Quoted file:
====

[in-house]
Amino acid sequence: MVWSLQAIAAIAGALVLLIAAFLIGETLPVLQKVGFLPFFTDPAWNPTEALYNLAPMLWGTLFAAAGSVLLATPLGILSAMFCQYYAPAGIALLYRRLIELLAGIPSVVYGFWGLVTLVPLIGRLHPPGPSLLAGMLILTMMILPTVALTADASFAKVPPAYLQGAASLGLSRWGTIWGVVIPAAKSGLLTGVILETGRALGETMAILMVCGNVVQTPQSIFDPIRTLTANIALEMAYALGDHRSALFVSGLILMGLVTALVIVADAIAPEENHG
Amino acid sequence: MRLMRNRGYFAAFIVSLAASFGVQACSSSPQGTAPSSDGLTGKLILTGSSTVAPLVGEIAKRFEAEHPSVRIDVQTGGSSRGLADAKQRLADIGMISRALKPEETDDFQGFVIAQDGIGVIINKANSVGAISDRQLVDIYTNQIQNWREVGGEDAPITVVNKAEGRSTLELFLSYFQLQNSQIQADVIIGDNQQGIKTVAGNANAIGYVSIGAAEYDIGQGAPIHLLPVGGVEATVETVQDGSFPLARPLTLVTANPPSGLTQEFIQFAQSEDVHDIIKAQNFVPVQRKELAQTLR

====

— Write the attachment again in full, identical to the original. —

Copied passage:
[in-house]
Amino acid sequence: MVWSLQAIAAIAGALVLLIAAFLIGETLPVLQKVGFLPFFTDPAWNPTEALYNLAPMLWGTLFAAAGSVLLATPLGILSAMFCQYYAPAGIALLYRRLIELLAGIPSVVYGFWGLVTLVPLIGRLHPPGPSLLAGMLILTMMILPTVALTADASFAKVPPAYLQGAASLGLSRWGTIWGVVIPAAKSGLLTGVILETGRALGETMAILMVCGNVVQTPQSIFDPIRTLTANIALEMAYALGDHRSALFVSGLILMGLVTALVIVADAIAPEENHG
Amino acid sequence: MRLMRNRGYFAAFIVSLAASFGVQACSSSPQGTAPSSDGLTGKLILTGSSTVAPLVGEIAKRFEAEHPSVRIDVQTGGSSRGLADAKQRLADIGMISRALKPEETDDFQGFVIAQDGIGVIINKANSVGAISDRQLVDIYTNQIQNWREVGGEDAPITVVNKAEGRSTLELFLSYFQLQNSQIQADVIIGDNQQGIKTVAGNANAIGYVSIGAAEYDIGQGAPIHLLPVGGVEATVETVQDGSFPLARPLTLVTANPPSGLTQEFIQFAQSEDVHDIIKAQNFVPVQRKELAQTLR